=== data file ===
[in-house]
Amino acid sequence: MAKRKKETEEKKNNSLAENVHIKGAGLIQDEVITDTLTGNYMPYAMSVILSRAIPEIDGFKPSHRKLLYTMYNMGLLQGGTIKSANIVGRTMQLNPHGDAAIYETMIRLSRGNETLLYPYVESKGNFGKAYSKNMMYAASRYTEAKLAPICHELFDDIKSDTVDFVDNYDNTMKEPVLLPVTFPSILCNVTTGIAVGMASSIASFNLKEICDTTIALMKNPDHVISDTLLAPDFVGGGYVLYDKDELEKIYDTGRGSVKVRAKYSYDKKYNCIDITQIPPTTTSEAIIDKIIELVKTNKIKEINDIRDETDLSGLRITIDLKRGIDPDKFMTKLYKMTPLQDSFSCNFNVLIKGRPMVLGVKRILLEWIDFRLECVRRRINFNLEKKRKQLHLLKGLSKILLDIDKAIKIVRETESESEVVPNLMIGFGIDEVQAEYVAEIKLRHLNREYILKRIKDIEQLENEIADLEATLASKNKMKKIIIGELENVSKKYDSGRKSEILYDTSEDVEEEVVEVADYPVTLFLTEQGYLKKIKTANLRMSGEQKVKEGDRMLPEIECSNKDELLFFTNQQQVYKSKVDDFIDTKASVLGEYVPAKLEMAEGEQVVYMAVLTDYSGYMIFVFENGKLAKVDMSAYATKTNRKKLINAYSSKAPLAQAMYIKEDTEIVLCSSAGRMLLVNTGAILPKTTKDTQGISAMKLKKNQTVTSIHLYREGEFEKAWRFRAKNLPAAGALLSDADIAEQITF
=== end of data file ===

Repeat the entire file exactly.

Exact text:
[in-house]
Amino acid sequence: MAKRKKETEEKKNNSLAENVHIKGAGLIQDEVITDTLTGNYMPYAMSVILSRAIPEIDGFKPSHRKLLYTMYNMGLLQGGTIKSANIVGRTMQLNPHGDAAIYETMIRLSRGNETLLYPYVESKGNFGKAYSKNMMYAASRYTEAKLAPICHELFDDIKSDTVDFVDNYDNTMKEPVLLPVTFPSILCNVTTGIAVGMASSIASFNLKEICDTTIALMKNPDHVISDTLLAPDFVGGGYVLYDKDELEKIYDTGRGSVKVRAKYSYDKKYNCIDITQIPPTTTSEAIIDKIIELVKTNKIKEINDIRDETDLSGLRITIDLKRGIDPDKFMTKLYKMTPLQDSFSCNFNVLIKGRPMVLGVKRILLEWIDFRLECVRRRINFNLEKKRKQLHLLKGLSKILLDIDKAIKIVRETESESEVVPNLMIGFGIDEVQAEYVAEIKLRHLNREYILKRIKDIEQLENEIADLEATLASKNKMKKIIIGELENVSKKYDSGRKSEILYDTSEDVEEEVVEVADYPVTLFLTEQGYLKKIKTANLRMSGEQKVKEGDRMLPEIECSNKDELLFFTNQQQVYKSKVDDFIDTKASVLGEYVPAKLEMAEGEQVVYMAVLTDYSGYMIFVFENGKLAKVDMSAYATKTNRKKLINAYSSKAPLAQAMYIKEDTEIVLCSSAGRMLLVNTGAILPKTTKDTQGISAMKLKKNQTVTSIHLYREGEFEKAWRFRAKNLPAAGALLSDADIAEQITF